Can Liberia Answer the Agriculture Challenge?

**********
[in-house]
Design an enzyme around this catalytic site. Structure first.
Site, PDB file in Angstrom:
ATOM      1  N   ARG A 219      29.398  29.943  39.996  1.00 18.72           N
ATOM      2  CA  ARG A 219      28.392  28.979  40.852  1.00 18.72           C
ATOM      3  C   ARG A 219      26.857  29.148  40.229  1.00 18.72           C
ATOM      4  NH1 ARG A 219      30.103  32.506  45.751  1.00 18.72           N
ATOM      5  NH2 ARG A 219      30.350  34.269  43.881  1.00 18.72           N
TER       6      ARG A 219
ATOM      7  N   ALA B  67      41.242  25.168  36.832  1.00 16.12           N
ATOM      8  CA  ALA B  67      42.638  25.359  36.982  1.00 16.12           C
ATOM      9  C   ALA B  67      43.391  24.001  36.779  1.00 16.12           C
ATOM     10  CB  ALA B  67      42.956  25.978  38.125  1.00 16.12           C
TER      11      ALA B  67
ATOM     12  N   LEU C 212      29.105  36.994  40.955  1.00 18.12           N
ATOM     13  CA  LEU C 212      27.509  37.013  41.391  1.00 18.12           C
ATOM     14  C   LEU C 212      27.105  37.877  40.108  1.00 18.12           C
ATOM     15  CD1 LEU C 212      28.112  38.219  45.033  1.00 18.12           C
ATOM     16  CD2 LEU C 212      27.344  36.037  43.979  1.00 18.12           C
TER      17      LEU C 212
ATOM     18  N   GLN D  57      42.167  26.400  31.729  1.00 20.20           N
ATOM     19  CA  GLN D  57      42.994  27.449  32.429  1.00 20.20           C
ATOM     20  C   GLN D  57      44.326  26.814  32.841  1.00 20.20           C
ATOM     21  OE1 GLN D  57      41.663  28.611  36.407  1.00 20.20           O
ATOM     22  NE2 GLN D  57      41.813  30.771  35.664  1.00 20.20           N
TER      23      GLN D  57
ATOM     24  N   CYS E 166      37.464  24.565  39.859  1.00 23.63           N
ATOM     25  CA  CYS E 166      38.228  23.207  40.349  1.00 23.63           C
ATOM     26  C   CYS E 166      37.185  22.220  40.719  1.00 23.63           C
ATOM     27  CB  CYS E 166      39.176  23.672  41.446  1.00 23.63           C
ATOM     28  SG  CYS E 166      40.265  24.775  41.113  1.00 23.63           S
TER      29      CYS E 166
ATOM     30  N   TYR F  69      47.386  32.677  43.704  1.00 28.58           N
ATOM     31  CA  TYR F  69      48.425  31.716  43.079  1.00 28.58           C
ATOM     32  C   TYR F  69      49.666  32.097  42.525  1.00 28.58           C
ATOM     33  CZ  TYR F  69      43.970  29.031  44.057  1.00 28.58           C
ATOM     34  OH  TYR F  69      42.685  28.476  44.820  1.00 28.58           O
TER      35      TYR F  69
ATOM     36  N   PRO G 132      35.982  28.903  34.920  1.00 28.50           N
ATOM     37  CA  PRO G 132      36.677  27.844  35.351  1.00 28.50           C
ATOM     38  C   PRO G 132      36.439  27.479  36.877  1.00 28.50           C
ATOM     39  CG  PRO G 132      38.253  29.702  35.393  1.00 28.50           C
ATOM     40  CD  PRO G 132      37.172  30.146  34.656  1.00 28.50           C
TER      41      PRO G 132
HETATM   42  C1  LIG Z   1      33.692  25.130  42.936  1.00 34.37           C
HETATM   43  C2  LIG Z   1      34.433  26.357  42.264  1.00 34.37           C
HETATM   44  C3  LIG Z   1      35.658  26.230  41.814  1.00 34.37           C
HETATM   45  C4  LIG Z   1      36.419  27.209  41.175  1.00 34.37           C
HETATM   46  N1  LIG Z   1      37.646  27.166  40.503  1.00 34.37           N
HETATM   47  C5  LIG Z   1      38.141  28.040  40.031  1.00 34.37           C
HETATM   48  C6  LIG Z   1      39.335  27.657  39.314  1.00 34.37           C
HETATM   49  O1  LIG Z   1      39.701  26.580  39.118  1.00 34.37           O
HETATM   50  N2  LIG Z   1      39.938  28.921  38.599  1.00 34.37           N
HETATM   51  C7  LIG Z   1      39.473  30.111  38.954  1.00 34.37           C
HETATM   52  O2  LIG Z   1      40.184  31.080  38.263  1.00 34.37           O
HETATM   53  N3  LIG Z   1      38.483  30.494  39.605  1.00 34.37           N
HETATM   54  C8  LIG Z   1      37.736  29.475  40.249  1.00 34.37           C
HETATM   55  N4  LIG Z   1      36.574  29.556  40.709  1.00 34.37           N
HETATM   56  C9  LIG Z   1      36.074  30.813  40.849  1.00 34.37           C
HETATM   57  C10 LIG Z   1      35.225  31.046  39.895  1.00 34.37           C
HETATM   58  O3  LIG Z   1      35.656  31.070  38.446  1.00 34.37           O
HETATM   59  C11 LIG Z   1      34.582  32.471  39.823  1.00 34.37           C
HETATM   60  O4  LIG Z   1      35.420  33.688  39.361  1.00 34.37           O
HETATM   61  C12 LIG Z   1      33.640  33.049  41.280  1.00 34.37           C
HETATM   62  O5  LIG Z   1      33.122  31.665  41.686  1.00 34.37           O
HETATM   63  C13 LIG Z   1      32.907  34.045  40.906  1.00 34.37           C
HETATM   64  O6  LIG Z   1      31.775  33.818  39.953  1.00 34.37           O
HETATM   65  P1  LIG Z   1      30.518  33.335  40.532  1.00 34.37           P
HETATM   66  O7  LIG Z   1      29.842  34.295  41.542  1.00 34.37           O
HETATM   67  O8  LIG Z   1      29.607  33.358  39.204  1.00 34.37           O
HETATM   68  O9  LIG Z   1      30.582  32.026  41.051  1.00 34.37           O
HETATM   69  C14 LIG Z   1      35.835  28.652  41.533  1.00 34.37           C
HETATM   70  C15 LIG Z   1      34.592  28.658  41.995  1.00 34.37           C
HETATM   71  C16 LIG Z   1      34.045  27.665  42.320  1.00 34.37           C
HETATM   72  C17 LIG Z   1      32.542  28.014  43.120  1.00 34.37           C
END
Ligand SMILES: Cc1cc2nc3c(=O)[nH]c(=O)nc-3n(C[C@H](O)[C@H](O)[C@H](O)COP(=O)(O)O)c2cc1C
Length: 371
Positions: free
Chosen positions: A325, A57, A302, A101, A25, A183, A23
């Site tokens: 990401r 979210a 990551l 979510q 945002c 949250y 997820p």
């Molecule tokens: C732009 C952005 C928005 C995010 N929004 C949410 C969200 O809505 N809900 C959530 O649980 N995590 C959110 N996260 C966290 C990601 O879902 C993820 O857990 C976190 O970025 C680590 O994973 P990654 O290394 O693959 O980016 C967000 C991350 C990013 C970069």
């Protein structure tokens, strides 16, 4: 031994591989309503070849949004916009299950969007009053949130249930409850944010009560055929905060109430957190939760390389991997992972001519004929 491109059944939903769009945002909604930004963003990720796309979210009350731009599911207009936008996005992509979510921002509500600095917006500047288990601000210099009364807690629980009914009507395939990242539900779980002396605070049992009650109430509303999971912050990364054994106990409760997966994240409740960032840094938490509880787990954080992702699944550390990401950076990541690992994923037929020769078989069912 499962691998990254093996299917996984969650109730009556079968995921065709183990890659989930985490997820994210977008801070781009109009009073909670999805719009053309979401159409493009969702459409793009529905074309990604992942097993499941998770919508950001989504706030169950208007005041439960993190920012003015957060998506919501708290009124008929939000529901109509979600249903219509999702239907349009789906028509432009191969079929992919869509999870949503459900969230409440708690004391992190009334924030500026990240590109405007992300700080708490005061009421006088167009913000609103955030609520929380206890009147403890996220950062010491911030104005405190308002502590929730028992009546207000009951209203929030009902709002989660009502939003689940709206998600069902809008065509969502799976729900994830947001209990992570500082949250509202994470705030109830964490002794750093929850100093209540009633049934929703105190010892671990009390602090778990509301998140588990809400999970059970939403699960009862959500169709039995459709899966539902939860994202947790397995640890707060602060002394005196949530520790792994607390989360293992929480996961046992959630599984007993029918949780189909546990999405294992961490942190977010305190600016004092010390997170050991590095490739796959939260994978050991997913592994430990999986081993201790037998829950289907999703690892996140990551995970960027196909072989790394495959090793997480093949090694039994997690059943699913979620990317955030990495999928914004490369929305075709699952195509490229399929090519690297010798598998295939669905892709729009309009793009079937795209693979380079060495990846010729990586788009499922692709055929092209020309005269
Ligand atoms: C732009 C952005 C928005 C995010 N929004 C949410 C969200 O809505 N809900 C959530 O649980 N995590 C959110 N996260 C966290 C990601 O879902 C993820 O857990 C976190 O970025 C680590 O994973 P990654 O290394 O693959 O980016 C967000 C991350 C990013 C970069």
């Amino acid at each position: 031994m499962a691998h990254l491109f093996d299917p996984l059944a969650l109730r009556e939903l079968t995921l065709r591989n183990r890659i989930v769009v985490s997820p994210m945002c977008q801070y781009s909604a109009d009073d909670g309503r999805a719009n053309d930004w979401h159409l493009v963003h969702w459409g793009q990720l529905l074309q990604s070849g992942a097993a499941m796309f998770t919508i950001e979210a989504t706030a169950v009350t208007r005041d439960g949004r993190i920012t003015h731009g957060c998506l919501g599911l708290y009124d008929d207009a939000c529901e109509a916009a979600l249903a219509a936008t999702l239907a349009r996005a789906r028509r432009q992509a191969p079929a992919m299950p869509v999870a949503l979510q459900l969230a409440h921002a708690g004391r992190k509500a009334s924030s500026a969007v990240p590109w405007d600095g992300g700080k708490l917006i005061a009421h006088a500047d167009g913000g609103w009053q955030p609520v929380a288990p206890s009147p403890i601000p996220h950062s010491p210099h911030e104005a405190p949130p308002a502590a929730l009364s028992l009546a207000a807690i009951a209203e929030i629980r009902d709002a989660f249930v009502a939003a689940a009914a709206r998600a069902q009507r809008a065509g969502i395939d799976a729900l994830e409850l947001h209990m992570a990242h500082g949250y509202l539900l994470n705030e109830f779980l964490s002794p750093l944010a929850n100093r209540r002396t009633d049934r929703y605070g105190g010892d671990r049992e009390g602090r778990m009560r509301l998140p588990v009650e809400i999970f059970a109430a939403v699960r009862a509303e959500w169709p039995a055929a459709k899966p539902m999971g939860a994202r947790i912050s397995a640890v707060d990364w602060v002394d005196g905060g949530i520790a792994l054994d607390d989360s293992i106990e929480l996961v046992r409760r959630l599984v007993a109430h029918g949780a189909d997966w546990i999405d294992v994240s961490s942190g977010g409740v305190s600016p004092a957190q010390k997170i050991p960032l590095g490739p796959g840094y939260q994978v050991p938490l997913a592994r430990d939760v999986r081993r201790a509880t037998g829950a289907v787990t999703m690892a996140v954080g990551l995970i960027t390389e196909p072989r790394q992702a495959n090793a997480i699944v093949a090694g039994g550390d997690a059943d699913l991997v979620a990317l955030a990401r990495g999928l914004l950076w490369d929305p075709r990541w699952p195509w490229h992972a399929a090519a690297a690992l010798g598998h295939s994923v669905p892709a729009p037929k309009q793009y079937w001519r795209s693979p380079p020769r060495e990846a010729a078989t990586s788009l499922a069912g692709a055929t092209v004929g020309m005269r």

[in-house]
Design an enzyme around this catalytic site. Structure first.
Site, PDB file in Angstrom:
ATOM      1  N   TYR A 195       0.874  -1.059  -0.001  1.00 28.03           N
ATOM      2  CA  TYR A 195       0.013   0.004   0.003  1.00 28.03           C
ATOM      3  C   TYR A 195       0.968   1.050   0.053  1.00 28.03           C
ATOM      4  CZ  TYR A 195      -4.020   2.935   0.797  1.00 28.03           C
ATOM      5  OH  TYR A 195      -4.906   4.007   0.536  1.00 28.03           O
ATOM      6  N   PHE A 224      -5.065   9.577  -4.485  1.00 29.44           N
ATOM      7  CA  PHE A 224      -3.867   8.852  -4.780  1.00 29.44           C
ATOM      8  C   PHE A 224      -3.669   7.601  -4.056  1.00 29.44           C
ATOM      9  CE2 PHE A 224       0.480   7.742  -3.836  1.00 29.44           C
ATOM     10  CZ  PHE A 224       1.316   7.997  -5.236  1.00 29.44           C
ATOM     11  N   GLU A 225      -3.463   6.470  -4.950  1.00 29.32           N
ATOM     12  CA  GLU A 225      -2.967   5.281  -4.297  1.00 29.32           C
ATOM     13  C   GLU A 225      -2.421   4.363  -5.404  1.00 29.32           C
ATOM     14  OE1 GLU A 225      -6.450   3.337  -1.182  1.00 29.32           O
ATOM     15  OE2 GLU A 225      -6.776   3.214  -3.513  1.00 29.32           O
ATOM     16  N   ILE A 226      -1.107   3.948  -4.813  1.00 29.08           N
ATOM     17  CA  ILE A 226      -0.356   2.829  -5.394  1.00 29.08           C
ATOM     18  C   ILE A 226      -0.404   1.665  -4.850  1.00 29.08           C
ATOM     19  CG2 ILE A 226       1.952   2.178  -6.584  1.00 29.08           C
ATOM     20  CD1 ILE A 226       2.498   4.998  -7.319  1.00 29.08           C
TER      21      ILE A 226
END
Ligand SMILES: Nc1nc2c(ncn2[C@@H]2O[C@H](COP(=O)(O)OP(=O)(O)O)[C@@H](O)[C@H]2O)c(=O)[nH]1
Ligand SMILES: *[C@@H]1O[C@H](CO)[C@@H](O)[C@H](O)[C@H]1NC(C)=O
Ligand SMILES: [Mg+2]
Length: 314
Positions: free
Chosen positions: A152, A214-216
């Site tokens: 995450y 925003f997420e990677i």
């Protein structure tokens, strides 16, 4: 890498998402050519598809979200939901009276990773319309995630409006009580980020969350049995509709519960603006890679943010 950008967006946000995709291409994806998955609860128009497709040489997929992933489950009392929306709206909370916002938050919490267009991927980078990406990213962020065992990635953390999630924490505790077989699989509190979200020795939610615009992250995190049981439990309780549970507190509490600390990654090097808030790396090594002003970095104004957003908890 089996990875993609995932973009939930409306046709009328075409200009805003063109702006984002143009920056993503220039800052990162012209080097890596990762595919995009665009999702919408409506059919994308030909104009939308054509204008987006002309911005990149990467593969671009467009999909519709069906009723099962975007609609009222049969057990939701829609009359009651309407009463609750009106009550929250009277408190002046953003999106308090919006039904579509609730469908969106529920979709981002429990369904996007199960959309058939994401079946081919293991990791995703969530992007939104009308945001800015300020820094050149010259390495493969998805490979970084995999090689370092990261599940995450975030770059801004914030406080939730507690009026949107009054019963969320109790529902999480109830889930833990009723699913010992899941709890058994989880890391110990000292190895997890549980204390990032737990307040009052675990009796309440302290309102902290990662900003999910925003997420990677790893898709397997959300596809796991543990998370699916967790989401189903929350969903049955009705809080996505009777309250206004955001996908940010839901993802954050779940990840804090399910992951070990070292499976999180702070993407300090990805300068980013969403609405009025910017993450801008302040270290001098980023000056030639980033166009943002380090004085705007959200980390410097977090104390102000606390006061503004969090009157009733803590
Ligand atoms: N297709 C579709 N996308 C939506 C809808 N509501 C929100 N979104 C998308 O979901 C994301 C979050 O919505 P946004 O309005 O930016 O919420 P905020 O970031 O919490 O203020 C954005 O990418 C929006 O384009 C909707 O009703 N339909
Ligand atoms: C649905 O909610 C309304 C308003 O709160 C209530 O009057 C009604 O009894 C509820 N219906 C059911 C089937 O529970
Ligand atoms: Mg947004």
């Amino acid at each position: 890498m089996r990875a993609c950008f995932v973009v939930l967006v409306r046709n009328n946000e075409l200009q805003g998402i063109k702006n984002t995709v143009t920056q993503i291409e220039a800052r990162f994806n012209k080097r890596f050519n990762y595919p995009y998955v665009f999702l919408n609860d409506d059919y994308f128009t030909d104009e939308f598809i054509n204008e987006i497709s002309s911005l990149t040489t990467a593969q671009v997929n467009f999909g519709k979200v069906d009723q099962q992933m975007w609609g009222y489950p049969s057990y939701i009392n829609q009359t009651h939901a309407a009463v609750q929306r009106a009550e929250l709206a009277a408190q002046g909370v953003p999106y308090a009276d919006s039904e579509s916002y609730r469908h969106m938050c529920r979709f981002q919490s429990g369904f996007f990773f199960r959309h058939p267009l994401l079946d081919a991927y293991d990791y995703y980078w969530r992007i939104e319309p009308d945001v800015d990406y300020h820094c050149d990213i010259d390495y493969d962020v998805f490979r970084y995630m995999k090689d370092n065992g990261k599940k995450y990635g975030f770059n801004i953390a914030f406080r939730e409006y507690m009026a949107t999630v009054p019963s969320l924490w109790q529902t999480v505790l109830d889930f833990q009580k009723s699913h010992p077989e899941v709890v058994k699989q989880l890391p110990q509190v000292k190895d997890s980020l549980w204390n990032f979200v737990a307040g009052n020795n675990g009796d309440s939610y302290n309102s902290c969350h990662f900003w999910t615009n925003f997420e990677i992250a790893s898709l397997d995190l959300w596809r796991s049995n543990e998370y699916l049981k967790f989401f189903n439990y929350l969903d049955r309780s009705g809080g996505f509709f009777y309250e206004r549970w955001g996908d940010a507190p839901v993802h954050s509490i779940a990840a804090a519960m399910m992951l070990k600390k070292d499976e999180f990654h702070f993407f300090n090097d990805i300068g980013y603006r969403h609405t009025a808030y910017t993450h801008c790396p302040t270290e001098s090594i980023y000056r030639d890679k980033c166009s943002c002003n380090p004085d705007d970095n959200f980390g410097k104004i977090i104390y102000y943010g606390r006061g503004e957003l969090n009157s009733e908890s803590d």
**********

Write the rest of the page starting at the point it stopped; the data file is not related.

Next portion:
first_imgYesterday the Daily Observer published an article quoting the Central Bank of Liberia’s 2014 Policy Statement which said that the only way for the Liberian Dollar to stabilize against the soaring US Dollar is for Liberia to produce goods for domestic consumption and export.  That same day, two things happened: the first was the grassroots campaign and advocacy organization One.org, along with some of Africa’s top music stars and with hundreds of African Civil Society Organizations who presented their “Do Agric, It Pays” petition to African leaders at the AU summit in Malabo, Equatorial Guinea, calling on them to recommit to spending at least 10% of national budgets on effective agriculture investments. The second thing that happened yesterday was a conversation with one of our readers who could not help expressing his utter shock and disgust over a photo (see above) he had discovered, suggesting some brutal truths about Liberia’s attitude toward agriculture. The image is a 2014 Google Earth photograph of the Guinean and Liberian sides of the border (yellow line) near Gbedin, the site of major rice project during the Tolbert administration.  To our reader’s dismay, he saw a series of organized parcels of land – agricultural developments – along the Guinean side of the border, while on the Liberian side, the image shows only forested areas and settlements, hardly any farming activity to speak of.  Agriculture activities along the Guinea side of the border are purportedly part of that country’s ‘Agriculture, Trade and Foreign Exchange Strategy: Organized Farms near Ganta and Gbedin’.“This is where a lot of our foreign exchange is going!” he exclaimed.  “The Guineans have learned that Liberians are not serious about agriculture, since our market women go there every week to buy produce with which to supply the Liberian population.  So [by establishing large farms right along the border with Liberia], they are drawing our foreign exchange into their economy, while we have government officials being named African Minister of the year and so on.”The man’s discovery of the Google Earth image of the Liberia-Guinea border could not have been timelier, with the African Union Summit was just underway in Equatorial Guinea.  There, One.org together with Nigerian pop star D’banj and other African musicians and CSOs hand-delivered their petition to several African Heads of State including Presidents Jakaya Kikwete of Tanzania, Yayi Boni of Benin, John Mahama of Ghana, Mahamadou Issoufou of Niger, and Macky Sall of Senegal. “It is time for our leaders to step up and Do Agric at this year’s summit during the AU Year of Agriculture. Millions of smallholder farmers are counting on you—including the over 2 million African citizens who have signed the Do Agric petition and the 400 million who live on less than a dollar a day,” said One.org’s Executive Director for Africa, Dr. Sipho S. Moyo, ahead of the summit.  Receiving the petition on June 10 in Dar Es Salaam, Tanzania, President Jakaya Kikwete promised to “champion this cause at the AU Summit. I will present this petition to the other Heads of State. We as African governments cannot succeed in taking agriculture forward unless we modernize it, instead of our people continuing to use the hand-held hoe and other farming implements from pre-biblical times.”Ghana’s President John Mahama accepted the petition in Accra, Ghana on June 20. He hailed the initiative and reiterated Ghana’s commitment to improving the lives of smallholder farmers, adding that “your campaign is preaching to the converted as we in Ghana are already stepping up the policies and investments in agriculture.”The Do Agric petition contains a bucket list of recommendations to AU members that, if adopted, could among other things boost yields for smallholder farmers and a reduced food import expense, which currently stands at about $25 billion annually. Africa could also benefit from increased food availability for the 265 million Africans who are under-nourished; increased intra-Africa trade benefits, estimated to reach $2 trillion by 2030; increased incomes for farming families through reduced post-harvest loss which today stands at $48 billion a year; and increased food production and agro-processing, providing millions of jobs for African youth.Noteworthy are Nigeria’s Coordinating Minister for the Economy Ngozi Okonjo-Iweala, and Agriculture Minister Adesina Akinwumi, both of who also received the petition. ONE.org officially launched its “Do Agric, It Pays” campaign on January 20, 2014 along the margins of the 22nd Ordinary Session of the AU Summit in Addis Ababa, Ethiopia, in support of the 2014 AU Year of Agriculture. The campaign encourages African governments to keep their 2003 Maputo promise to invest at least 10% of national budgets in agriculture, and makes a case for better strategic policies and transparent public investments that will better support smallholder farmers, especially women, and lift millions of Africans out of poverty. Well over 2 million persons have signed the Do Agric petition so far, totaling 97% of the target number of signatures.  “We came together because we know Africa is rising,” says Nigerian recording artist D’banj. “Yet the farmers who produce most of our food still struggle to survive. 70% of Africans are employed in agriculture. This week’s AU Summit in Malabo is a historic opportunity for you to change the lives of millions of Africans and create a better future for our youth through better agricultural investment.” Meanwhile, back in rural Liberia, smallholder famers are still desperately yearning for the support of the Agriculture Ministry and other relevant functionaries of government to come to their aid.  They are haunted every year by lack of technical support to improve and maximize their output; lack of means (roads, etc) to get their produce to markets; as well as funding needed for acquiring more efficient farming methods and equipment.  Even though the Central Bank of Liberia has made available some US$7 million to commercial banks to help farmers, the banks are requiring Monrovia-based land as collateral, which is essentially a non-starter for most small Liberian farmers. There are no quick solutions or easy answers, the Central Bank has already noted.  Over the last three years, the Bank reported, some of the country’s top agricultural exports – rubber and cocoa – suffered, contributing to the hike in the exchange rate.  Although 2013 saw a slight rebound in cocoa exports, there is a need for serious investment in mechanized farming to give Liberian cocoa (and coffee) the attention it needs on the world market.There are, however, noteworthy sprouts of hope. The newly established Liberia Collateral Registry is expected to count “movable assets” as acceptable collateral for commercial loans, essentially allowing farmers to bank their enterprises using their projected harvests as potential collateral.  There is also the phenomenon of school gardens gaining traction around the country, nurturing a renewed passion for planting, targeting Liberia’s youth.  The school gardens are effective because the students are fed at school from what they grow, thus learning discipline, diligence and pride in achieving good results alongside core agricultural skills.  With guided practice as well as deliberate investment and encouragement from government and relevant stakeholders, this could be the window of opportunity for fighting poverty in Liberia. Like the youth themselves, such opportunities will take time to mature.  And then, with hard work, only time will tell.Share this:Click to share on Twitter (Opens in new window)Click to share on Facebook (Opens in new window)last_img read more